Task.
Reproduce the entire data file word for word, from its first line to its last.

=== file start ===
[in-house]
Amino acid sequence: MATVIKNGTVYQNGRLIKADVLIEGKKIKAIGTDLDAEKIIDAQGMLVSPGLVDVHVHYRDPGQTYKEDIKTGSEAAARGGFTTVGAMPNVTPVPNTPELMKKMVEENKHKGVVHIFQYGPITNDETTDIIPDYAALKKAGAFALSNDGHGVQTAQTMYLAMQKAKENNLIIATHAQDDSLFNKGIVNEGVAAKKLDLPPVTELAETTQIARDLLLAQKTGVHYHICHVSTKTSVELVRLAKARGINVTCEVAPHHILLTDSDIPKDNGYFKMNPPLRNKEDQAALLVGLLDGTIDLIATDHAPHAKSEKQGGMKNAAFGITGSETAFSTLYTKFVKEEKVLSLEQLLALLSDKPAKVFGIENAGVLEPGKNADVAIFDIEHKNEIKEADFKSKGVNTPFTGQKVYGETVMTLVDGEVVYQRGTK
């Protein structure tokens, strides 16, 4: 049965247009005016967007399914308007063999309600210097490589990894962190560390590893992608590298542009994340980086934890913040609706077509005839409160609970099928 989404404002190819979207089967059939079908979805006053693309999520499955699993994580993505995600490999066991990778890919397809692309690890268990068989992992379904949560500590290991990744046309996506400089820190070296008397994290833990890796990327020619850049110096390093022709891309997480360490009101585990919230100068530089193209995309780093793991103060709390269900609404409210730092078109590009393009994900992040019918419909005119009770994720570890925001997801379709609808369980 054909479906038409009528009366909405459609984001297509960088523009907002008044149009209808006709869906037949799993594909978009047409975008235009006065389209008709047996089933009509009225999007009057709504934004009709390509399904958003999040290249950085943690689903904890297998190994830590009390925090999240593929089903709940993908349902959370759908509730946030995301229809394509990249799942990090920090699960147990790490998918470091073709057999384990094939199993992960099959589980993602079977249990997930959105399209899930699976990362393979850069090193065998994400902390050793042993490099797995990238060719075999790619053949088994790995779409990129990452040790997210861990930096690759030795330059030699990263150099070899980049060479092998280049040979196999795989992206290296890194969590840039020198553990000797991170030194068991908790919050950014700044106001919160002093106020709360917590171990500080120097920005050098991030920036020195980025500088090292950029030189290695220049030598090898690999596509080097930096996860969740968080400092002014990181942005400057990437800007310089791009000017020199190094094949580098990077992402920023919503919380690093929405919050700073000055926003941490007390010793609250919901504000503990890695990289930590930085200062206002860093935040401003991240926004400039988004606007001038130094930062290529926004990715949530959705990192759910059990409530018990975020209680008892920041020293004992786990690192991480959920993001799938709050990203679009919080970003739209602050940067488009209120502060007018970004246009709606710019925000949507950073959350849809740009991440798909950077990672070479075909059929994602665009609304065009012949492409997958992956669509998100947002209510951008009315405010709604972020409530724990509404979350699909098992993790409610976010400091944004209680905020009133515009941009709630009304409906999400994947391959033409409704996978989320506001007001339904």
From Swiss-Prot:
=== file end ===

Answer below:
[in-house]
Amino acid sequence: MATVIKNGTVYQNGRLIKADVLIEGKKIKAIGTDLDAEKIIDAQGMLVSPGLVDVHVHYRDPGQTYKEDIKTGSEAAARGGFTTVGAMPNVTPVPNTPELMKKMVEENKHKGVVHIFQYGPITNDETTDIIPDYAALKKAGAFALSNDGHGVQTAQTMYLAMQKAKENNLIIATHAQDDSLFNKGIVNEGVAAKKLDLPPVTELAETTQIARDLLLAQKTGVHYHICHVSTKTSVELVRLAKARGINVTCEVAPHHILLTDSDIPKDNGYFKMNPPLRNKEDQAALLVGLLDGTIDLIATDHAPHAKSEKQGGMKNAAFGITGSETAFSTLYTKFVKEEKVLSLEQLLALLSDKPAKVFGIENAGVLEPGKNADVAIFDIEHKNEIKEADFKSKGVNTPFTGQKVYGETVMTLVDGEVVYQRGTK
């Protein structure tokens, strides 16, 4: 049965247009005016967007399914308007063999309600210097490589990894962190560390590893992608590298542009994340980086934890913040609706077509005839409160609970099928 989404404002190819979207089967059939079908979805006053693309999520499955699993994580993505995600490999066991990778890919397809692309690890268990068989992992379904949560500590290991990744046309996506400089820190070296008397994290833990890796990327020619850049110096390093022709891309997480360490009101585990919230100068530089193209995309780093793991103060709390269900609404409210730092078109590009393009994900992040019918419909005119009770994720570890925001997801379709609808369980 054909479906038409009528009366909405459609984001297509960088523009907002008044149009209808006709869906037949799993594909978009047409975008235009006065389209008709047996089933009509009225999007009057709504934004009709390509399904958003999040290249950085943690689903904890297998190994830590009390925090999240593929089903709940993908349902959370759908509730946030995301229809394509990249799942990090920090699960147990790490998918470091073709057999384990094939199993992960099959589980993602079977249990997930959105399209899930699976990362393979850069090193065998994400902390050793042993490099797995990238060719075999790619053949088994790995779409990129990452040790997210861990930096690759030795330059030699990263150099070899980049060479092998280049040979196999795989992206290296890194969590840039020198553990000797991170030194068991908790919050950014700044106001919160002093106020709360917590171990500080120097920005050098991030920036020195980025500088090292950029030189290695220049030598090898690999596509080097930096996860969740968080400092002014990181942005400057990437800007310089791009000017020199190094094949580098990077992402920023919503919380690093929405919050700073000055926003941490007390010793609250919901504000503990890695990289930590930085200062206002860093935040401003991240926004400039988004606007001038130094930062290529926004990715949530959705990192759910059990409530018990975020209680008892920041020293004992786990690192991480959920993001799938709050990203679009919080970003739209602050940067488009209120502060007018970004246009709606710019925000949507950073959350849809740009991440798909950077990672070479075909059929994602665009609304065009012949492409997958992956669509998100947002209510951008009315405010709604972020409530724990509404979350699909098992993790409610976010400091944004209680905020009133515009941009709630009304409906999400994947391959033409409704996978989320506001007001339904």
From Swiss-Prot: